A particularly exotic group of immigrants is expected to arrive in Israel soon: About 100 Jewish Indians living in a jungle on the banks of the Amazon River in Peru.
Their story begins towards the end of the 19th century. Young people with Jewish roots, mostly men, immigrated from Morocco to Peru and settled in Iquitos – a remote Indian city in the Amazon rainforest, considered one of the most isolated cities in the world to this very day. The areas can only be reached by boat or plane.
The group members planned to integrate into the rubber wood export industry, which is very popular in the region – and to make a good fortune from their business.
The men in the group – mostly young bachelors – maintained a Jewish lifestyle at first, but as time went by they married local Indian Christian women. Over the years, they had hundreds of offspring who knew about their Jewish roots, but because of their surroundings they found it difficult to adopt a Jewish lifestyle.
A couple of decades ago, a connection was made between the Jewish group in Iquitos and the Masorti Movement, which attempted to bring them to Israel. A small group of immigrants arrived in the Jewish state in the 1990s. Several years later, another group made aliyah. They all underwent Conservative conversion before immigrating.
The rest of the community members continued their life in Iquitos, some dreaming of immigrating to Israel one day and not forgetting their Jewish roots for a moment. They began adopting Jewish customs, marking Shabbat, praying at a local synagogue they built and requesting to be buried in a Jewish plot in the local cemetery. Mezuzahs and pictures of Stars of David can still be seen on many of the community members' doors.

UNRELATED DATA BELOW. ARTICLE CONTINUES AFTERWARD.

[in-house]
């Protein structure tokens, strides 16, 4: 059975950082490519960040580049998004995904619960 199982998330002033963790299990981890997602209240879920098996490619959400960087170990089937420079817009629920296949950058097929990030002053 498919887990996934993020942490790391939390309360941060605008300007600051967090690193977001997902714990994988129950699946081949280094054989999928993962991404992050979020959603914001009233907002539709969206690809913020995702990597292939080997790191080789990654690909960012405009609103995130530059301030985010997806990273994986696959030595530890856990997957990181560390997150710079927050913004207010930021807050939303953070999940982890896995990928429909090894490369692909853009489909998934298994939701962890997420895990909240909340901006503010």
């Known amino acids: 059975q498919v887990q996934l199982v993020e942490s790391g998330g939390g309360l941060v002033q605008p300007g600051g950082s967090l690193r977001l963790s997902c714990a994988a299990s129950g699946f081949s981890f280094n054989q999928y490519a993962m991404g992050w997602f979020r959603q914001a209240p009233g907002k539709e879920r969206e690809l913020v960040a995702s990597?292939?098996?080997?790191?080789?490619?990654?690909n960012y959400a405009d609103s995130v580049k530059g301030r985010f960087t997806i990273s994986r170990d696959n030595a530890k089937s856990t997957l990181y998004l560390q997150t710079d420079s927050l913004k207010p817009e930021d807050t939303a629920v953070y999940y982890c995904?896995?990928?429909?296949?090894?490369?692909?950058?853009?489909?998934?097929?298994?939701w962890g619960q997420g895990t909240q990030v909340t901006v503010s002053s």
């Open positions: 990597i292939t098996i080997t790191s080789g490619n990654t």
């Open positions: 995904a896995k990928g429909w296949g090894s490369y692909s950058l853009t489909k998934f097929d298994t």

Twelve years ago, 250 of the community members underwent a Conservative conversion process – and continued to dream about Zion. Yedioth Ahronoth has learned that some 100 of them appealed to the Jewish Agency recently in a bid to fulfill their dream and immigrate to Israel.
Rabbi Andy Sacks of the Masorti Movement clarified that all group members held documents proving that they had been lawfully converted. Jewish Agency officials expressed their enthusiasm over the idea and began working on an aliyah plan, but the Interior Ministry demanded further clarifications in regards to the conversion process.
The issue is now under discussion, with all parties awaiting the Interior Ministry's decision. Once the green light is given, the Indian-Jewish magic carpet will hit the road.
The 100 Jews seeking to make aliyah hold a variety of professions: Merchants, teachers, government workers and rickshaw drivers, who will likely have to consider a career change.
The group members range in age from babies to people in their 80s. Some have kept their Jewish names, including Pinto, Levy and Abramovich.
Now all that remains is to wait for them and hope that they are absorbed in Israel as fast and as well as possible.
Yehuda Sharf, director of the Jewish Agency's Aliyah, Absorption and Special Operations Unit, told Yedioth Ahronoth: "Many of the community members have relatives who arrived in Israel in past years and successfully integrated into the Israeli society. Now the relatives left in Peru want to unite with their family members and build a future in Israel."